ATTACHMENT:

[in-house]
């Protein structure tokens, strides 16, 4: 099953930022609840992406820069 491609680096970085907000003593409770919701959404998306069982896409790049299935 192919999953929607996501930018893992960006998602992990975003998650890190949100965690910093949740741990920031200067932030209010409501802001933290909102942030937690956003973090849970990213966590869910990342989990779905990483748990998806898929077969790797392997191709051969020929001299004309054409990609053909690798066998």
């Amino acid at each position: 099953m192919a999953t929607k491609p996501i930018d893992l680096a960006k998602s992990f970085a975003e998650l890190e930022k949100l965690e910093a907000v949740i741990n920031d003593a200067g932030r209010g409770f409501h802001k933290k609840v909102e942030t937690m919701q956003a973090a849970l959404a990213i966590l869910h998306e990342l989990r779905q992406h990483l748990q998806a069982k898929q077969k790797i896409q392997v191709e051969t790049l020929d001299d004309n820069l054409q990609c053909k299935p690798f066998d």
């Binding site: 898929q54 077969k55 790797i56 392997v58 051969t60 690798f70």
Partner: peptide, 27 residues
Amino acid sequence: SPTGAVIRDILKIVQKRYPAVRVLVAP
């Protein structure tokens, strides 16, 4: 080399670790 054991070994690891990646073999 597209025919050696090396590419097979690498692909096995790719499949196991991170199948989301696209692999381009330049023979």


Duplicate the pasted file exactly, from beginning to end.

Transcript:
[in-house]
């Protein structure tokens, strides 16, 4: 099953930022609840992406820069 491609680096970085907000003593409770919701959404998306069982896409790049299935 192919999953929607996501930018893992960006998602992990975003998650890190949100965690910093949740741990920031200067932030209010409501802001933290909102942030937690956003973090849970990213966590869910990342989990779905990483748990998806898929077969790797392997191709051969020929001299004309054409990609053909690798066998």
């Amino acid at each position: 099953m192919a999953t929607k491609p996501i930018d893992l680096a960006k998602s992990f970085a975003e998650l890190e930022k949100l965690e910093a907000v949740i741990n920031d003593a200067g932030r209010g409770f409501h802001k933290k609840v909102e942030t937690m919701q956003a973090a849970l959404a990213i966590l869910h998306e990342l989990r779905q992406h990483l748990q998806a069982k898929q077969k790797i896409q392997v191709e051969t790049l020929d001299d004309n820069l054409q990609c053909k299935p690798f066998d």
């Binding site: 898929q54 077969k55 790797i56 392997v58 051969t60 690798f70």
Partner: peptide, 27 residues
Amino acid sequence: SPTGAVIRDILKIVQKRYPAVRVLVAP
């Protein structure tokens, strides 16, 4: 080399670790 054991070994690891990646073999 597209025919050696090396590419097979690498692909096995790719499949196991991170199948989301696209692999381009330049023979």